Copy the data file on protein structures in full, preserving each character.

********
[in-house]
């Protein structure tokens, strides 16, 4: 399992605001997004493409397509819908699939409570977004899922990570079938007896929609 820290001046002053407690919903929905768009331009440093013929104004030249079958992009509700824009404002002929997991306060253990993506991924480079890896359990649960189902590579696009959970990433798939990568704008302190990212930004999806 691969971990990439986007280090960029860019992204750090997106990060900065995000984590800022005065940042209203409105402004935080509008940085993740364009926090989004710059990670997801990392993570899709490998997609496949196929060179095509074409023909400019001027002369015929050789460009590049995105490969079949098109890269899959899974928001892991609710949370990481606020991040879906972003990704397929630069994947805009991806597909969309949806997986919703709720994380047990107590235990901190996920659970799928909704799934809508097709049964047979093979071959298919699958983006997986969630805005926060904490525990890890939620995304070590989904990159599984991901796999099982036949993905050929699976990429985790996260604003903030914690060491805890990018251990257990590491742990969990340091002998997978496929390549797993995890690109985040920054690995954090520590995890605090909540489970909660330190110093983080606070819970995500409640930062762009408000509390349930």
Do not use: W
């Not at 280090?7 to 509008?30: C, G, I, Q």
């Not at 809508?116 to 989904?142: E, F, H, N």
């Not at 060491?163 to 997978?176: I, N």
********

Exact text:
[in-house]
């Protein structure tokens, strides 16, 4: 399992605001997004493409397509819908699939409570977004899922990570079938007896929609 820290001046002053407690919903929905768009331009440093013929104004030249079958992009509700824009404002002929997991306060253990993506991924480079890896359990649960189902590579696009959970990433798939990568704008302190990212930004999806 691969971990990439986007280090960029860019992204750090997106990060900065995000984590800022005065940042209203409105402004935080509008940085993740364009926090989004710059990670997801990392993570899709490998997609496949196929060179095509074409023909400019001027002369015929050789460009590049995105490969079949098109890269899959899974928001892991609710949370990481606020991040879906972003990704397929630069994947805009991806597909969309949806997986919703709720994380047990107590235990901190996920659970799928909704799934809508097709049964047979093979071959298919699958983006997986969630805005926060904490525990890890939620995304070590989904990159599984991901796999099982036949993905050929699976990429985790996260604003903030914690060491805890990018251990257990590491742990969990340091002998997978496929390549797993995890690109985040920054690995954090520590995890605090909540489970909660330190110093983080606070819970995500409640930062762009408000509390349930």
Do not use: W
């Not at 280090?7 to 509008?30: C, G, I, Q």
């Not at 809508?116 to 989904?142: E, F, H, N």
């Not at 060491?163 to 997978?176: I, N």